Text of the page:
Newly flush with cash from the U.S. deal, Vodafone has said
it will invest $30 billion to improve its infrastructure in
Europe, Africa and India and either build superfast broadband
networks, or buy them.
The addition of fixed-line assets in Spain would enable
Vodafone to provide a stronger challenger to market-leader
Telefonica by offering pay-TV, mobile, fixed-line and
broadband in one bundle. It could also move its data traffic
onto the high-capacity network.
Under Colao, Vodafone has largely shed its old reputation of
an expansionist group that overpaid for assets, earning back
investor trust with a series of minority disposals in France,
Poland and China.
Colao's one mis-step on M&A was passing up on buying Kabel
Deutschland, Germany's largest cable operator, ahead of its
initial public offering in 2010, only to pay nearly four times
the IPO price when he bid for it three years later. His move for
Britain's Cable and Wireless Worldwide for 1.3 billion pounds in
2012 was seen as a cannier buy.
Colao's standing among investors rose even further when he
pulled off the deal that had eluded his predecessors, the sale
of the 45 percent stake in Verizon Wireless, funnelling $84
billion in cash and shares from the deal back to shareholders.
"He has already delivered on selling the Verizon stake for a
whopping $130 billion," Bruno Grandsard, the senior portfolio
manager at Global Equities, AXA IM, told Reuters. "So if he
spends 15 billion euros or so on pricey cable assets in Europe,
I think most shareholders will forgive him that."
Acquiring Ono would give Vodafone a fibre network covering
7.2 million of Spain's 16 million households, in largely rural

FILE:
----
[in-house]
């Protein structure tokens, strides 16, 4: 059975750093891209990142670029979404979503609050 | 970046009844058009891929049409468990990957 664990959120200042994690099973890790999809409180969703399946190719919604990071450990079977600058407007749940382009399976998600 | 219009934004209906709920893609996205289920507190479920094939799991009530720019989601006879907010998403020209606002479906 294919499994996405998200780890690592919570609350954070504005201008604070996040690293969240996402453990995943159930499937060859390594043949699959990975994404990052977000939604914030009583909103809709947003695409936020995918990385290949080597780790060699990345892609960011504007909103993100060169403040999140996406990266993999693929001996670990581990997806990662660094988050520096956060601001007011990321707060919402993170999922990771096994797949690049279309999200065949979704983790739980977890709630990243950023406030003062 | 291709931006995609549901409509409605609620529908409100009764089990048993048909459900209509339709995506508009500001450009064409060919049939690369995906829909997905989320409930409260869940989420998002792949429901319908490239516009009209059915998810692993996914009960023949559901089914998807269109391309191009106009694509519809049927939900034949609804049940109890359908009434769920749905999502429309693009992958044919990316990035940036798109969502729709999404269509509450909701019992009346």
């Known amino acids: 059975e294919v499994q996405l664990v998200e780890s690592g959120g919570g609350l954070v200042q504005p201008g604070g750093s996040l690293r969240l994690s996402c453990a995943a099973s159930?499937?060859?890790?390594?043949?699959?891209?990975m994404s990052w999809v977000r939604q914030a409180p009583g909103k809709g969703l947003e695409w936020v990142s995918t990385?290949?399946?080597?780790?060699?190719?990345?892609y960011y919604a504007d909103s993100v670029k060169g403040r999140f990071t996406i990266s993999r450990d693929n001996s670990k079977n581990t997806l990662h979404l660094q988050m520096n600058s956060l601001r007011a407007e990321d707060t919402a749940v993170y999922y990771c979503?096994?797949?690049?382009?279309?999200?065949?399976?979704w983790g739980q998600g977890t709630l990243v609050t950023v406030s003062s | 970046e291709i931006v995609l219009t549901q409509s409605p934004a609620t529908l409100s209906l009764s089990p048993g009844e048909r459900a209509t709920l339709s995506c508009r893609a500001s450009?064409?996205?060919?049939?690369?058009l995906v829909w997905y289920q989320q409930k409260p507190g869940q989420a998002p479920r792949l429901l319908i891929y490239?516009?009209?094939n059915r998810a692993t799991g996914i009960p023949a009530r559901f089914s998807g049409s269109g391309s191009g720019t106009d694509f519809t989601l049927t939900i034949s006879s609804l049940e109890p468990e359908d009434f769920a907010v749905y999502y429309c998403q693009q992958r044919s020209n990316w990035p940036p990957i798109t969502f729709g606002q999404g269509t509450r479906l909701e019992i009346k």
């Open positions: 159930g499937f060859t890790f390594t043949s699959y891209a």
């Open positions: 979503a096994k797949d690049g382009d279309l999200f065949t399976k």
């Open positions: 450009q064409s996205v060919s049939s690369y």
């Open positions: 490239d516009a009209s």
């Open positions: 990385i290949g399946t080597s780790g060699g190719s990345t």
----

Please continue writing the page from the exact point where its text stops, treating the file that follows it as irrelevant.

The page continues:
areas that would complement Vodafone's own fibre network, which
it is building with Orange in the biggest cities.
It has approached the private equity owners of Ono about a
deal, but publicly the cable operator has said it will continue
with its plans to float the business, putting pressure on
Vodafone to offer more.
"The asset makes a lot of sense from a strategic point of
view," the top 20 Vodafone shareholder told Reuters on condition
of anonymity. "It doesn't mean they should spend crazy money on
it, or outbid the IPO, though."
In Italy, Colao's most logical target would be Fastweb, a
unit of Swisscom, which has built a national fibre
broadband network. Vodafone has approached Swisscom in the past
about the company, but bankers told Reuters in January that the
group was not eager to sell at the moment.
In recognition of the superior speeds a cable network can
achieve, cable operators enjoy heady valuations. They trade on
an enterprise value to 2013 core profit multiple of 9.4,
according to Reuters data, while the telecoms sector trades on a
multiple of 7.5.
"I've just completed a mini-roadshow and I would say
shareholders are on board with the new strategy," Colao told
reporters in Barcelona at the Mobile World Congress trade fair.
"My real challenge is to keep the discipline but push ahead
at the same time."